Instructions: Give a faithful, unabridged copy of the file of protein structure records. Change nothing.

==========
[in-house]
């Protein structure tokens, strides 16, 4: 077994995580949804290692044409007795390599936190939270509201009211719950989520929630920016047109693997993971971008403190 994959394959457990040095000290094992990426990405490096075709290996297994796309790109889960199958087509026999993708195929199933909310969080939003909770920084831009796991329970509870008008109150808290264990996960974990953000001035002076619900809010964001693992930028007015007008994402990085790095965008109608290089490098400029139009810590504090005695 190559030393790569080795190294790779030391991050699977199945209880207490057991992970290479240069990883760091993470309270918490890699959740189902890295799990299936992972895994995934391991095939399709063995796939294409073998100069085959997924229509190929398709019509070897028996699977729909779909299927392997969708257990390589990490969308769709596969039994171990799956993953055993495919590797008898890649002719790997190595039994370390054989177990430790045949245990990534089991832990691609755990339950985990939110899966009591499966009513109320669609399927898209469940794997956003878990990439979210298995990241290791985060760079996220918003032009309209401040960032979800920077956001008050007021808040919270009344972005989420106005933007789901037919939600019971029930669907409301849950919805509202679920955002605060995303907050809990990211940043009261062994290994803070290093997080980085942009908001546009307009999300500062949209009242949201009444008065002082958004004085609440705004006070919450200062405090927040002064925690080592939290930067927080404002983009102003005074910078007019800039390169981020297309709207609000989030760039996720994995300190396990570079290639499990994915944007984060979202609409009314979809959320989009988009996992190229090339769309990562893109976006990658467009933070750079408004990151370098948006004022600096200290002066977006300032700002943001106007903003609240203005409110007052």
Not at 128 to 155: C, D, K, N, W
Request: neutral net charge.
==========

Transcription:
[in-house]
């Protein structure tokens, strides 16, 4: 077994995580949804290692044409007795390599936190939270509201009211719950989520929630920016047109693997993971971008403190 994959394959457990040095000290094992990426990405490096075709290996297994796309790109889960199958087509026999993708195929199933909310969080939003909770920084831009796991329970509870008008109150808290264990996960974990953000001035002076619900809010964001693992930028007015007008994402990085790095965008109608290089490098400029139009810590504090005695 190559030393790569080795190294790779030391991050699977199945209880207490057991992970290479240069990883760091993470309270918490890699959740189902890295799990299936992972895994995934391991095939399709063995796939294409073998100069085959997924229509190929398709019509070897028996699977729909779909299927392997969708257990390589990490969308769709596969039994171990799956993953055993495919590797008898890649002719790997190595039994370390054989177990430790045949245990990534089991832990691609755990339950985990939110899966009591499966009513109320669609399927898209469940794997956003878990990439979210298995990241290791985060760079996220918003032009309209401040960032979800920077956001008050007021808040919270009344972005989420106005933007789901037919939600019971029930669907409301849950919805509202679920955002605060995303907050809990990211940043009261062994290994803070290093997080980085942009908001546009307009999300500062949209009242949201009444008065002082958004004085609440705004006070919450200062405090927040002064925690080592939290930067927080404002983009102003005074910078007019800039390169981020297309709207609000989030760039996720994995300190396990570079290639499990994915944007984060979202609409009314979809959320989009988009996992190229090339769309990562893109976006990658467009933070750079408004990151370098948006004022600096200290002066977006300032700002943001106007903003609240203005409110007052």
Not at 128 to 155: C, D, K, N, W
Request: neutral net charge.